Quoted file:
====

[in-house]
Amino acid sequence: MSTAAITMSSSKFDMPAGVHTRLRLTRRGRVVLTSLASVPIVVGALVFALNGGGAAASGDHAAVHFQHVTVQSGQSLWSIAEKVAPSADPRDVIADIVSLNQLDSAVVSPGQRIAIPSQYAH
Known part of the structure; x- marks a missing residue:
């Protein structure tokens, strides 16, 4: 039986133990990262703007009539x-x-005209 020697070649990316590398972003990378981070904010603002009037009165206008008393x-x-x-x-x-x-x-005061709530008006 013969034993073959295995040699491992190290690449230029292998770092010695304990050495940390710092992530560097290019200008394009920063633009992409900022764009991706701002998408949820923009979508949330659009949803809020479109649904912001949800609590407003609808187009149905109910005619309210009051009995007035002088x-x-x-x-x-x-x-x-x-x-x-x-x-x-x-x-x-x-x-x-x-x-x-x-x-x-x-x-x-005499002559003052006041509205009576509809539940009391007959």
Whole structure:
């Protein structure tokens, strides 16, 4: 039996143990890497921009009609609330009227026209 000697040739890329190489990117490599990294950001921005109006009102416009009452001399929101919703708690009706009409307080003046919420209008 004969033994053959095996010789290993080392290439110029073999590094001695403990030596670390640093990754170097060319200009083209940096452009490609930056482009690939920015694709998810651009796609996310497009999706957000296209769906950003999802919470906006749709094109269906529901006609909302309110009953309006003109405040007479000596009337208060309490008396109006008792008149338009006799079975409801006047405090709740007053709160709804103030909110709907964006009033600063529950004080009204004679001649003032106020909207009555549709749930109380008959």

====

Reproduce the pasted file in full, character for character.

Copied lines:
[in-house]
Amino acid sequence: MSTAAITMSSSKFDMPAGVHTRLRLTRRGRVVLTSLASVPIVVGALVFALNGGGAAASGDHAAVHFQHVTVQSGQSLWSIAEKVAPSADPRDVIADIVSLNQLDSAVVSPGQRIAIPSQYAH
Known part of the structure; x- marks a missing residue:
């Protein structure tokens, strides 16, 4: 039986133990990262703007009539x-x-005209 020697070649990316590398972003990378981070904010603002009037009165206008008393x-x-x-x-x-x-x-005061709530008006 013969034993073959295995040699491992190290690449230029292998770092010695304990050495940390710092992530560097290019200008394009920063633009992409900022764009991706701002998408949820923009979508949330659009949803809020479109649904912001949800609590407003609808187009149905109910005619309210009051009995007035002088x-x-x-x-x-x-x-x-x-x-x-x-x-x-x-x-x-x-x-x-x-x-x-x-x-x-x-x-x-005499002559003052006041509205009576509809539940009391007959």
Whole structure:
């Protein structure tokens, strides 16, 4: 039996143990890497921009009609609330009227026209 000697040739890329190489990117490599990294950001921005109006009102416009009452001399929101919703708690009706009409307080003046919420209008 004969033994053959095996010789290993080392290439110029073999590094001695403990030596670390640093990754170097060319200009083209940096452009490609930056482009690939920015694709998810651009796609996310497009999706957000296209769906950003999802919470906006749709094109269906529901006609909302309110009953309006003109405040007479000596009337208060309490008396109006008792008149338009006799079975409801006047405090709740007053709160709804103030909110709907964006009033600063529950004080009204004679001649003032106020909207009555549709749930109380008959």